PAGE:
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  1. #1
    michael_0's Avatar

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    Default colour separation printing technique

    ok, so i'm pretty sure someone just put their penis in my arse.

    just dropped the files for the separations for my high on fire poster off at the printers. usually i do my posters A3 so i can just print the separations out on my home printer as 2 A4 acetate sheets and tape em together.

    as an A3 high on fire poster would look brilliantly underwhelming, i decided to be a bit more extravagant and do it A2, getting the acetate seps printed up properly. these have just cost me 24 ($47) EACH, however.

    does anyone have any techniques they can share on doing large separations they can share? i know there's a way of doing it using thin paper and cooking oil but isn't that quite messy.....?

  2. #2
    DCM's Avatar

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    They usually cost me about £5 per A2 or A1 acetate, but i know some places are just shit and either won't do small runs like that, or if they do, will charge you stoopid amounts... which i'm guessing is what has happened.
    If you are doing A2, i would say you are best off just sticking to your usual method of sticking A4 sheets together. It's only 4 sheets, and it's not that huge a job to get right. It sure beats being $200 down before you have even started.
    The alternative is printing on to A2 paper (most shops will have a plotter that will cost you about £2 or so), and you basically rub oil onto the paper until it becomes transparent. Like a greasy kebab wrapper.
    I haven't tried this method, but i have whitnessed it go off with no bother at all. Although i am slightly unsure of it myself.

  3. #3
    Premium Member
    Drozd's Avatar


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    just find a cheaper printer
    'Death to Drozd/Long Live Drozd'

    www.lukedrozd.com

  4. #4
    3d glasses's Avatar

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    Default

    i grease up normal paper and have never printed using acetate..works alright for me

  5. #5
    michael_0's Avatar

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    Default

    Quote Originally Posted by 3d glasses View Post
    i grease up normal paper and have never printed using acetate..works alright for me
    does it not get a bit sloppy with all that oil all over your screen, though...?

  6. #6
    B-DROID's Avatar

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    I used to use the oil method back in the States, no problem. I would take a cookie sheet and line it with foil (easy clean up), pour a bit of oil on it and spread it around, then put your sep on it and get it covered, let it soak a bit, flip it over. Pick it up once it is nice and even (maybe a minute) and let the excess drip off, plop it on the screen and use an old squeegee to work out any air bubbles. ta-da.

  7. #7
    michael_0's Avatar

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    Default

    Quote Originally Posted by B-DROID View Post
    I used to use the oil method back in the States, no problem. I would take a cookie sheet and line it with foil (easy clean up), pour a bit of oil on it and spread it around, then put your sep on it and get it covered, let it soak a bit, flip it over. Pick it up once it is nice and even (maybe a minute) and let the excess drip off, plop it on the screen and use an old squeegee to work out any air bubbles. ta-da.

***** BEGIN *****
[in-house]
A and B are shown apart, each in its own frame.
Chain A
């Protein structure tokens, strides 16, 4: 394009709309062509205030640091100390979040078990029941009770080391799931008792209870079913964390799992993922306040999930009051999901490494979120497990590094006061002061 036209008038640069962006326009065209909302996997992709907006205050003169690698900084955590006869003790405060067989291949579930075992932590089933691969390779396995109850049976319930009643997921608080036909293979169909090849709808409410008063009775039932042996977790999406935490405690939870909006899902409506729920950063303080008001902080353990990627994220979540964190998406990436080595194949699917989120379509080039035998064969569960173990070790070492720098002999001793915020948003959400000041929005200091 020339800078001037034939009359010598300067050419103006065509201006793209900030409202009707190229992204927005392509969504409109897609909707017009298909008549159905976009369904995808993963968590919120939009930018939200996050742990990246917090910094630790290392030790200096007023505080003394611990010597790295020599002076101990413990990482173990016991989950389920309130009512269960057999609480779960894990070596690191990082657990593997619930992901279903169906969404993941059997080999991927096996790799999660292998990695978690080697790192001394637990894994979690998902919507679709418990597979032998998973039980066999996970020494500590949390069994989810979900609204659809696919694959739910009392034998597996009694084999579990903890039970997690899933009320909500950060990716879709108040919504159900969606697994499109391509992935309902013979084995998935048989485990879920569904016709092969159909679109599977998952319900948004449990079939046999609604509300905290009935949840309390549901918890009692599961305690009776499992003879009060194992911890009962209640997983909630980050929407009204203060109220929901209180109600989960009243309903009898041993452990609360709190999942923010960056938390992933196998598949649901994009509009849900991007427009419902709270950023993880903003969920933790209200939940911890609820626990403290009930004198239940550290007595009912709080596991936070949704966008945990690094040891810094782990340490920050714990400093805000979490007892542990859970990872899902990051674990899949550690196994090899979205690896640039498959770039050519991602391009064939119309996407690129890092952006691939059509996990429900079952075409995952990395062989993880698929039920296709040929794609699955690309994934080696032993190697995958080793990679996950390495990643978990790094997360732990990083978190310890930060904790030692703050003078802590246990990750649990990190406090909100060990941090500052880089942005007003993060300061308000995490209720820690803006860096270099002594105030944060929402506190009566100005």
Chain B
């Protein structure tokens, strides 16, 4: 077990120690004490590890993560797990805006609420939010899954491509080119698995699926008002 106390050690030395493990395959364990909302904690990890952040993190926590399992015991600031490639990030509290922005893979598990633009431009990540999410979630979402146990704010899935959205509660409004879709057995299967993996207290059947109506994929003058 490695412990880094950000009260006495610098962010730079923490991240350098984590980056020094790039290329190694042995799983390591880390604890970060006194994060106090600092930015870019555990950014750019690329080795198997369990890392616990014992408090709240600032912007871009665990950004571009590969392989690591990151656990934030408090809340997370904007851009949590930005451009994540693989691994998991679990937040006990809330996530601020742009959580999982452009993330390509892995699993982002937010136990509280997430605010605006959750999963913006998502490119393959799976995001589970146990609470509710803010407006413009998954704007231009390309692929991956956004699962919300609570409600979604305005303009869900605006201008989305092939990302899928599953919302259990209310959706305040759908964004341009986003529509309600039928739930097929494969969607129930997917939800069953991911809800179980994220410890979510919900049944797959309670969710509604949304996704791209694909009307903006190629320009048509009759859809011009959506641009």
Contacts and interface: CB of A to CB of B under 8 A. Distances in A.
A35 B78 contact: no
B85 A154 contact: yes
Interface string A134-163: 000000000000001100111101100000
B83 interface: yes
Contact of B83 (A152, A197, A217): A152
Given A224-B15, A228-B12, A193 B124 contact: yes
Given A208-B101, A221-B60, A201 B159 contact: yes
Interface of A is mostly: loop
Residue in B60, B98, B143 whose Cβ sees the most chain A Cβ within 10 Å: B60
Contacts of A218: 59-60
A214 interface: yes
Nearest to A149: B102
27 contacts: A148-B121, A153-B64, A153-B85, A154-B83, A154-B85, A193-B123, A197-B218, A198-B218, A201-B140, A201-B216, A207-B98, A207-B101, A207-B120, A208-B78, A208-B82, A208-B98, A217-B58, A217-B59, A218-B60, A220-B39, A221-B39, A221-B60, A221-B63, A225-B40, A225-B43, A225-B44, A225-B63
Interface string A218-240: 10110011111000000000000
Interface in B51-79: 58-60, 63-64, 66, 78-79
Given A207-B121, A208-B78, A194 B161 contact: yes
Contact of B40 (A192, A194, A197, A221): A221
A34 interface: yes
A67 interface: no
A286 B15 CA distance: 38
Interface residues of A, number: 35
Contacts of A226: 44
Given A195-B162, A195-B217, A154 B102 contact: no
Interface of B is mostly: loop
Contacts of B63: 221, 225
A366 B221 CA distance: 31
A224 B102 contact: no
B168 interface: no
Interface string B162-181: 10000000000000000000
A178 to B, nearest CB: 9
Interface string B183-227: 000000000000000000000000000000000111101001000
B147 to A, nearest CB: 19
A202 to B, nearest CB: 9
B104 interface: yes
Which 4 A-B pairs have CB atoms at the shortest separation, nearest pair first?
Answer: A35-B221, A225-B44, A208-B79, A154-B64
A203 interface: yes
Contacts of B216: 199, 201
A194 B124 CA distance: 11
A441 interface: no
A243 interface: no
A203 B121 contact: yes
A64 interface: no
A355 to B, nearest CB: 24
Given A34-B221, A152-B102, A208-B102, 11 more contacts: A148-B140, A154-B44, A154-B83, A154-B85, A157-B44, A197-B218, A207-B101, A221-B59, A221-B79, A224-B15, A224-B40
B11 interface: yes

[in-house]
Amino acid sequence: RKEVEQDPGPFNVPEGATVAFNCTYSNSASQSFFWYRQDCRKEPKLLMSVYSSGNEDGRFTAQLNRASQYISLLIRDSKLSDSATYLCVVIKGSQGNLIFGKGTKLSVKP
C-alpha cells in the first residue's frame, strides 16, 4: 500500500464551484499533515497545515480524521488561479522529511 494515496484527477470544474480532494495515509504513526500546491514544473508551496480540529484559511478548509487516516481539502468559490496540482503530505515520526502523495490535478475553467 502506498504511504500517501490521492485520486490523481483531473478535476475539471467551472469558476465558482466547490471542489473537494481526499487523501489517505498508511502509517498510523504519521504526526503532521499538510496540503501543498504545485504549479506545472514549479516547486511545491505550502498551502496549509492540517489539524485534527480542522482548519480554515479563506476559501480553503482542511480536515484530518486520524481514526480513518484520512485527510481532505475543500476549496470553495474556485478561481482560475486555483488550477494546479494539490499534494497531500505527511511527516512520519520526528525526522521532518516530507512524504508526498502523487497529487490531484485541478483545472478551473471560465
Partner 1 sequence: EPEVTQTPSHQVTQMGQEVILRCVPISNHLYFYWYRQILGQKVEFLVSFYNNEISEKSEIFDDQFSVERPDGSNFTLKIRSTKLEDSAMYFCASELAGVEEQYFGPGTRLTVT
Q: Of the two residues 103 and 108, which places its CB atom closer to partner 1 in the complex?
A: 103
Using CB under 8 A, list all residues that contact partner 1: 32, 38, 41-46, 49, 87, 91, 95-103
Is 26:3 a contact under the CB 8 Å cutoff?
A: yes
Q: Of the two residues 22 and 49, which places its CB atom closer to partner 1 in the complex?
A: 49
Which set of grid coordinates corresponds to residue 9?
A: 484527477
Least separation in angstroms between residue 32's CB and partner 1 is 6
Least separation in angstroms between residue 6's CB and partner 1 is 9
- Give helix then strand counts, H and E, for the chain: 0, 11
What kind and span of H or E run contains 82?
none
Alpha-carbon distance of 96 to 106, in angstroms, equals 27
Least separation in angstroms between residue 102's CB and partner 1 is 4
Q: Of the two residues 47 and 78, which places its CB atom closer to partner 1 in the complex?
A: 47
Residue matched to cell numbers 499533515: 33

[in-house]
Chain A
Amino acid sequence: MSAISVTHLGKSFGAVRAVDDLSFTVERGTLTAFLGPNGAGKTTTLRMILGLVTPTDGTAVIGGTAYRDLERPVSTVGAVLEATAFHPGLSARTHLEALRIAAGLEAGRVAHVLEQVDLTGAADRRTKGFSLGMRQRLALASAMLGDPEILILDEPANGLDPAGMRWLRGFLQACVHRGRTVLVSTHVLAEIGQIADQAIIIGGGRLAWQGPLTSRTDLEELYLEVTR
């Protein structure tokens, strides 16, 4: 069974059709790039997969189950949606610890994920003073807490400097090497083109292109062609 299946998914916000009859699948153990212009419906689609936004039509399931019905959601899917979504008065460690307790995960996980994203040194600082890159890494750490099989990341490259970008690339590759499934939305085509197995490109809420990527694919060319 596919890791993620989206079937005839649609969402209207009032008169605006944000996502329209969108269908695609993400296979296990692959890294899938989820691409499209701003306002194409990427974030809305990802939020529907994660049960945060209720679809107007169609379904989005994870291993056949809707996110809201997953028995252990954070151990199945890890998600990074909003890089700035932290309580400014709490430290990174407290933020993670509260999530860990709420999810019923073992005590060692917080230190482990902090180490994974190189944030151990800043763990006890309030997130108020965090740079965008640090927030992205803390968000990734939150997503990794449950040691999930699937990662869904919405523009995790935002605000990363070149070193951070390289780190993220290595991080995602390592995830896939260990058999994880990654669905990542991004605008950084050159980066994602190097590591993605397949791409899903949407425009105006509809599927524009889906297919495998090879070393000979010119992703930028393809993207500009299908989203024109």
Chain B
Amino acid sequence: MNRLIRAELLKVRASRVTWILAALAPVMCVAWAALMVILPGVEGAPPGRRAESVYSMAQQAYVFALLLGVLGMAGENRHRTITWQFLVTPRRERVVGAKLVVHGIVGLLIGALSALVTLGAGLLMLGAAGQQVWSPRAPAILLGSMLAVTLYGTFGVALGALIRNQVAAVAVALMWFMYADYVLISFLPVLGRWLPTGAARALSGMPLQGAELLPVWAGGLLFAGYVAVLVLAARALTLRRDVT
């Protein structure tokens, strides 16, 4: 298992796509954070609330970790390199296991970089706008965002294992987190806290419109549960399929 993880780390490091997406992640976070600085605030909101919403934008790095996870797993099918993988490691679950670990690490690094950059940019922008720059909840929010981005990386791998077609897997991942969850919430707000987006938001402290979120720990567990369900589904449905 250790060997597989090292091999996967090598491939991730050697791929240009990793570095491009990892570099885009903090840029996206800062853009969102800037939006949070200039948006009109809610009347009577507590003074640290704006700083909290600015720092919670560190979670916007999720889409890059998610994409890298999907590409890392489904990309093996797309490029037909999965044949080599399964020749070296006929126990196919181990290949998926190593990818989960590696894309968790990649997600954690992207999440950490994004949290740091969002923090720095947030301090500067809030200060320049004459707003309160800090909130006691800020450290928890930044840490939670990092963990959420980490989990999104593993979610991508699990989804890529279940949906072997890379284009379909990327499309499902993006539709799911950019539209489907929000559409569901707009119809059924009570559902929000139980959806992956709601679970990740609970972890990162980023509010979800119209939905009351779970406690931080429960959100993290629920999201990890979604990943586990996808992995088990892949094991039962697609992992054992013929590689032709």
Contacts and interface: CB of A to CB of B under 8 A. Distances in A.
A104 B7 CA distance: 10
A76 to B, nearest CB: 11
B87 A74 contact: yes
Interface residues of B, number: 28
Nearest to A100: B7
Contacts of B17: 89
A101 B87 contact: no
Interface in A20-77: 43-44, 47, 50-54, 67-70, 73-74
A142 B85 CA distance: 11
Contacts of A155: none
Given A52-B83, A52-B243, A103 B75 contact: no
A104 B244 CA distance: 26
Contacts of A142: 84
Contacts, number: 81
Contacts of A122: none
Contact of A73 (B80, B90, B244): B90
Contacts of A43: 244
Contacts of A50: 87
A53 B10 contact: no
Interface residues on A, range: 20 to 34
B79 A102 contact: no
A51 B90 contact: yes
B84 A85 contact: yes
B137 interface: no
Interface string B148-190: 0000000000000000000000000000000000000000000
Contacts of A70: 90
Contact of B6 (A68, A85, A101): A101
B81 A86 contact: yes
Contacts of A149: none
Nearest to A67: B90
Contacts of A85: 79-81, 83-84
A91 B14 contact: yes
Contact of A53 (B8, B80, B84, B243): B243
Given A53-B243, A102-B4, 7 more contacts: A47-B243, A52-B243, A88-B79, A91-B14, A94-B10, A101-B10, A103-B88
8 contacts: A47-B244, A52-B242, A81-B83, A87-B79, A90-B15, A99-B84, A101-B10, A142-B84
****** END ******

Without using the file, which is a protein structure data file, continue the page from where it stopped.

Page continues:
minimal sloppiness, then?

  8. #8
    michael_0's Avatar

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    Quote Originally Posted by DCM View Post
    They usually cost me about 5 per A2 or A1 acetate, but i know some places are just shit and either won't do small runs like that, or if they do, will charge you stoopid amounts... which i'm guessing is what has happened.
    If you are doing A2, i would say you are best off just sticking to your usual method of sticking A4 sheets together. It's only 4 sheets, and it's not that huge a job to get right. It sure beats being $200 down before you have even started.
    The alternative is printing on to A2 paper (most shops will have a plotter that will cost you about 2 or so), and you basically rub oil onto the paper until it becomes transparent. Like a greasy kebab wrapper.
    I haven't tried this method, but i have whitnessed it go off with no bother at all. Although i am slightly unsure of it myself.
    apparently they have to put it through their colour process machine and that's why it's so expensive. another reason it's pissed me off is cos they printed some A2 seps for me when i did my mystery jets poster and it didn't cost me nearly as much.....

  9. #9
    3d glasses's Avatar

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    yeah well you kind of rub the paper it with an oiled up cloth rather than pour it on, then when it goes transparent leave it for a bit and then lay it on the screen..

  10. #10
    3d glasses's Avatar

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    oh and ive had teh same problem as that with people saying that they have to put it thru the colour machine as it wont come out solid black if they dont, but i found if your files are bitmap tiffs it should be fine in a normal black and white printer

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